Tuesday, October 05, 2010, 00:20 (GMT + 9)
AquaBounty Technologies Inc, which is a registered company in the United States, has confirmed that it will begin to breed genetically modified (GM) salmon in Panama.
The main objective for the company is to export the product to the U.S. market for human consumption (HC), said Henry Clifford, vice president of the firm and the project director in Panama.
However, the U.S. authorities have yet to approve GM salmon for direct HC, whilst growing global controversy and different sectors are pushing for the Federal Food and Drug Administration (FDA) in the country to suspend the approval process until further studies have been released.
Clifford told the newspaper La Prensa, that the initiative was approved by the Ministry of Agriculture and by the Aquatic Resources Authority of Panama (ARAP), but these agencies have not issued an official statement.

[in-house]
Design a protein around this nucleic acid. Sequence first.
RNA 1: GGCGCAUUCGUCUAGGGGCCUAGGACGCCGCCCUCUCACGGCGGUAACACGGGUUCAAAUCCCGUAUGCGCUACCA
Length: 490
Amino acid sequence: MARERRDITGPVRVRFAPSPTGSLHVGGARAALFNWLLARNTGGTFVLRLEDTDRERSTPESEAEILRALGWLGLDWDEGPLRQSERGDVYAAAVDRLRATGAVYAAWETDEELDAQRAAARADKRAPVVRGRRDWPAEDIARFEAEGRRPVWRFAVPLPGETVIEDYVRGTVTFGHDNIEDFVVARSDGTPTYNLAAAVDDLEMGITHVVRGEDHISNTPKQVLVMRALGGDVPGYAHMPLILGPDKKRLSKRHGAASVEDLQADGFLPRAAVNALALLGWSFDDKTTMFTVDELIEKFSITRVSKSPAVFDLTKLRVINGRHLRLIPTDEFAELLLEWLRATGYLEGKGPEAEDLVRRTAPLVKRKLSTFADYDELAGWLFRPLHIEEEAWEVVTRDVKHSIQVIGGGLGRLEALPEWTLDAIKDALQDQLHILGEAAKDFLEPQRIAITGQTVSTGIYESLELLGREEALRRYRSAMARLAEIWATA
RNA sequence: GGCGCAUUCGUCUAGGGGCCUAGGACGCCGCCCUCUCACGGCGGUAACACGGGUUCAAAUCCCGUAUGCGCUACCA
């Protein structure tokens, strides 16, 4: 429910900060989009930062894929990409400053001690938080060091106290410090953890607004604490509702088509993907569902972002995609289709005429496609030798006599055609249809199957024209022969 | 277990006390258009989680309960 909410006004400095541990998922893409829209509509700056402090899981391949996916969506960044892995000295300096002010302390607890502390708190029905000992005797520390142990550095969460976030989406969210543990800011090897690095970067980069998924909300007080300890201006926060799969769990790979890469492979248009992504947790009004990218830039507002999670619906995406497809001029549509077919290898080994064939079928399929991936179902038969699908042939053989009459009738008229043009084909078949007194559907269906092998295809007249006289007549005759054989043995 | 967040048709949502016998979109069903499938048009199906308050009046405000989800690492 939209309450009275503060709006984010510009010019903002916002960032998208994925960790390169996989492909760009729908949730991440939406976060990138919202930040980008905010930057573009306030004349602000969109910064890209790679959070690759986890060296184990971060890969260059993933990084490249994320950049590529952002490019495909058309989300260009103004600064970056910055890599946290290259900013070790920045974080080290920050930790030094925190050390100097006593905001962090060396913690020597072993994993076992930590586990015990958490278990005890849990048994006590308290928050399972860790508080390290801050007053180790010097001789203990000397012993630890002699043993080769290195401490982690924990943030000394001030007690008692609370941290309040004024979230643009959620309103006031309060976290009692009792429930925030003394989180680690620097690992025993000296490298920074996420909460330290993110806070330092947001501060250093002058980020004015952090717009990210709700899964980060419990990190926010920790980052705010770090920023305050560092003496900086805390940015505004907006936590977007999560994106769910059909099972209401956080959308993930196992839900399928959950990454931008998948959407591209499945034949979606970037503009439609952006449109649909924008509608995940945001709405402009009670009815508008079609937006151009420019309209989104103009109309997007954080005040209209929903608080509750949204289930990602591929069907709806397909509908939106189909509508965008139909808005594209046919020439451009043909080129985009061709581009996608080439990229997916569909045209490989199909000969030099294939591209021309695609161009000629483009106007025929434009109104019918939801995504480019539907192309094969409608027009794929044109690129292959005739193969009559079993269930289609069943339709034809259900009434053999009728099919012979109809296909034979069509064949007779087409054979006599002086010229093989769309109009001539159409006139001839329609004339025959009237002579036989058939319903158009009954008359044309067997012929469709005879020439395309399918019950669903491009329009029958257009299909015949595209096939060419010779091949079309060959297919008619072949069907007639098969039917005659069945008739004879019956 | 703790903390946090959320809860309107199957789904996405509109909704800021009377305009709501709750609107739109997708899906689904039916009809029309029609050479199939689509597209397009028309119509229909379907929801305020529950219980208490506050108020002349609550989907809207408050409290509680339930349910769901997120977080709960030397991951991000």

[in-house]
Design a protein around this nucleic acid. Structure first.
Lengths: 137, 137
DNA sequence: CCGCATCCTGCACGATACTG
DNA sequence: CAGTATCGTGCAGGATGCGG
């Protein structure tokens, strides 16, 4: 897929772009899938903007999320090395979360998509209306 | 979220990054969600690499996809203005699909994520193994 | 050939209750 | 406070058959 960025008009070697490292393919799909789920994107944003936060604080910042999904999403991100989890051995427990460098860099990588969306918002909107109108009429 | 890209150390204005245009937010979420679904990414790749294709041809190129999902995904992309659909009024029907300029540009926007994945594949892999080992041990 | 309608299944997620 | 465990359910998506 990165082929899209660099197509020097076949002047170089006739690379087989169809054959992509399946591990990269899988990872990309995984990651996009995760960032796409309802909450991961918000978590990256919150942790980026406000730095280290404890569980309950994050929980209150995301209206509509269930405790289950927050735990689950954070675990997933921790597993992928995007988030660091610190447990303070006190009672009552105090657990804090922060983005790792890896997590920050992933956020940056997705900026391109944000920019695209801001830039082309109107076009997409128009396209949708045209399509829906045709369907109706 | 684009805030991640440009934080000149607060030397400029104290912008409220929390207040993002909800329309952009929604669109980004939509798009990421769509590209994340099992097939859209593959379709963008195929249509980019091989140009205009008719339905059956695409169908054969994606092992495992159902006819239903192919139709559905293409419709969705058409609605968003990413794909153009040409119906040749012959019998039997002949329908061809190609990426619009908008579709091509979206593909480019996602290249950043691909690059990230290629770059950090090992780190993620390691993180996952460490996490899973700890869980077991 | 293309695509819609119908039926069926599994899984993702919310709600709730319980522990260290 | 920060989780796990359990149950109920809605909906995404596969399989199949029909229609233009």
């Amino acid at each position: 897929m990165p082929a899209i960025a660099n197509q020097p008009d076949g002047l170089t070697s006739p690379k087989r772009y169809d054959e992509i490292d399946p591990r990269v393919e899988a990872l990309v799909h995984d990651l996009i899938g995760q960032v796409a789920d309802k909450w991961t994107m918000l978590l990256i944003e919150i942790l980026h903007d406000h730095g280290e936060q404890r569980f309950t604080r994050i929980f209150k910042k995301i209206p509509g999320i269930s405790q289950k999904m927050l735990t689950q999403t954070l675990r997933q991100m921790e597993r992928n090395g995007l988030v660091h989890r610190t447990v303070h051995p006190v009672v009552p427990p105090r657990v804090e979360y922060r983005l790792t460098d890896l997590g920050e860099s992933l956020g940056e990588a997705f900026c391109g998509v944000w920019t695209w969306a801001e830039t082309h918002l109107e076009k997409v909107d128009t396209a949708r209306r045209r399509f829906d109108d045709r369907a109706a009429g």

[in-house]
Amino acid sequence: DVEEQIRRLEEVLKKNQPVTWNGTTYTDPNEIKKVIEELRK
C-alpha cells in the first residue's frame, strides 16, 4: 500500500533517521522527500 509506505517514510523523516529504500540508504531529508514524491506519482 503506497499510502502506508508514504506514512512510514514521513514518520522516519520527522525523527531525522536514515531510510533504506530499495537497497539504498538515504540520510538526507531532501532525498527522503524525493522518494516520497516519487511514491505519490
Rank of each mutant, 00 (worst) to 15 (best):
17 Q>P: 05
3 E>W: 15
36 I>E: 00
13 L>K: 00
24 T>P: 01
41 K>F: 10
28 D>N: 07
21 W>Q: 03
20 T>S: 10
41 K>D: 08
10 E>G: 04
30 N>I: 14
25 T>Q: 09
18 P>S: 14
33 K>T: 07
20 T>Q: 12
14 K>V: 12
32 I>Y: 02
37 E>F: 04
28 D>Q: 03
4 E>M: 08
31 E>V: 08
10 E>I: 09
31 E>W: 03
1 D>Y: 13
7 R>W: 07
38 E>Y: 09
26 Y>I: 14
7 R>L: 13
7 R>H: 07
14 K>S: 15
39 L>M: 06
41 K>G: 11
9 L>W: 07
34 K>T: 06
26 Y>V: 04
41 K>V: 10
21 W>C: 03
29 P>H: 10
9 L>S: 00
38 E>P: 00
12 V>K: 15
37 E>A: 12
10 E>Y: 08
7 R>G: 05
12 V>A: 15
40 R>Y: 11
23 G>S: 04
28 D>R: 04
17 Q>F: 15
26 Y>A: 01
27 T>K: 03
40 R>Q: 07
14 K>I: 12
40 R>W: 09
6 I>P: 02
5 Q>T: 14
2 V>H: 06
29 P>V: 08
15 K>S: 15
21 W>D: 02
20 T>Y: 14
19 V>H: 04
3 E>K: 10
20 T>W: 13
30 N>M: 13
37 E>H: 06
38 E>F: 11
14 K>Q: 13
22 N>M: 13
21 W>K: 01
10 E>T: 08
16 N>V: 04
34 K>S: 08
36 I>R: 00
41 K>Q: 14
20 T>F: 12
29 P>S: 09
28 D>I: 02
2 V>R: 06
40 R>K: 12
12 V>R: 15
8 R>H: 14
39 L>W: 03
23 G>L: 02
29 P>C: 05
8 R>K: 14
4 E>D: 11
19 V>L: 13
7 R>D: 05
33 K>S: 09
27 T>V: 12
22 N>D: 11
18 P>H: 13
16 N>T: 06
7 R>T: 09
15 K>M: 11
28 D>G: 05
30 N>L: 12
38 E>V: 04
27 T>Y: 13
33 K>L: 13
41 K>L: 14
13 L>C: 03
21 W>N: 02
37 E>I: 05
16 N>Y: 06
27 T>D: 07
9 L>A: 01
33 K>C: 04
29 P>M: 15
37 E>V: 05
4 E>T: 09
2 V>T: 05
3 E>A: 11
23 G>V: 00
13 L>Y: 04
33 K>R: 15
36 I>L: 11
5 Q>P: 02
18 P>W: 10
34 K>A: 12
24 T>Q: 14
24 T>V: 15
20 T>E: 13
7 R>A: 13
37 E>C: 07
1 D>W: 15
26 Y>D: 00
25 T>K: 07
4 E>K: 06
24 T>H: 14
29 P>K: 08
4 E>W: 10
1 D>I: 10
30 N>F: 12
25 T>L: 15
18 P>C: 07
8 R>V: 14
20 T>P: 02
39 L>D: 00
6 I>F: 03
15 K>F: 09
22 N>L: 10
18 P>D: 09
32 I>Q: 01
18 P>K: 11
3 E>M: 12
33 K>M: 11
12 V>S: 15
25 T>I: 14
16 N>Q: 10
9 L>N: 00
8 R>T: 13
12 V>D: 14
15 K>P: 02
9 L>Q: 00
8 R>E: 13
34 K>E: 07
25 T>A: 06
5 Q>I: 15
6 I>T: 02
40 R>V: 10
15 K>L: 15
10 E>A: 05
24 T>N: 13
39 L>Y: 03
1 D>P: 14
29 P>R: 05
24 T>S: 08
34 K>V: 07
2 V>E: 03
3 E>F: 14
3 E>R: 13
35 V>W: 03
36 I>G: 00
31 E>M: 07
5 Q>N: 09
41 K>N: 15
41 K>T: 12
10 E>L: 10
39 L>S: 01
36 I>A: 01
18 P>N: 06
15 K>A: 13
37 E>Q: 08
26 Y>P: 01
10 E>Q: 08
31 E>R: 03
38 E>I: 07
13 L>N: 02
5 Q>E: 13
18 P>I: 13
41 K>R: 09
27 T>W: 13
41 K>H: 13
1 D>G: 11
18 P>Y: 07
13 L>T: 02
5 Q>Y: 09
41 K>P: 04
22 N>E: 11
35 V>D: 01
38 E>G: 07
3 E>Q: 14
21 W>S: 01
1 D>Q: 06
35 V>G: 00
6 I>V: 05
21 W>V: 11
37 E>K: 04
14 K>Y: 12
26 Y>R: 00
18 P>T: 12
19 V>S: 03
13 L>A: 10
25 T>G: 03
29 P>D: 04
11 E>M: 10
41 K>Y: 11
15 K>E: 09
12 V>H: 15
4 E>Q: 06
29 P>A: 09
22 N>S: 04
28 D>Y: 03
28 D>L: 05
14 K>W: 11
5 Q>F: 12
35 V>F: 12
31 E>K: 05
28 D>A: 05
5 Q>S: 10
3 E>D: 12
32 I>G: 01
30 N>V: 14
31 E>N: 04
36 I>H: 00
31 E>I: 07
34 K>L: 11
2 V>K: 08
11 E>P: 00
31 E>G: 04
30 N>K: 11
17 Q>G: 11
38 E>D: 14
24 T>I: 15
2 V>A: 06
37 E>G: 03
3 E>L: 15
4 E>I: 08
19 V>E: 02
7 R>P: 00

The businessman claims that these salmon can reach a “sellable size” after 16 to 18 months, compared to the 30 months required by normal salmon.
However, it has been viewed as a very controversial endeavor. Numerous scientists have criticized the genetic modification of salmon as they believe that the fish could interbreed with wild genes and release a growth hormone with unpredictable results.
In addition, they warn that their use may exacerbate allergies in humans.
Meanwhile, U.S. representatives and senators last week urged the FDA to halt the approval process for AquAdvantage salmon, the genetically modified salmon by AquaBounty.
The congressmen asked the FDA to postpone the process until they have analyzed the issue in depth, fix some serious flaws and incorporate more scientific and public input.
For its part, the company and the FDA does not consider the modified salmon to pose any threat to the environment.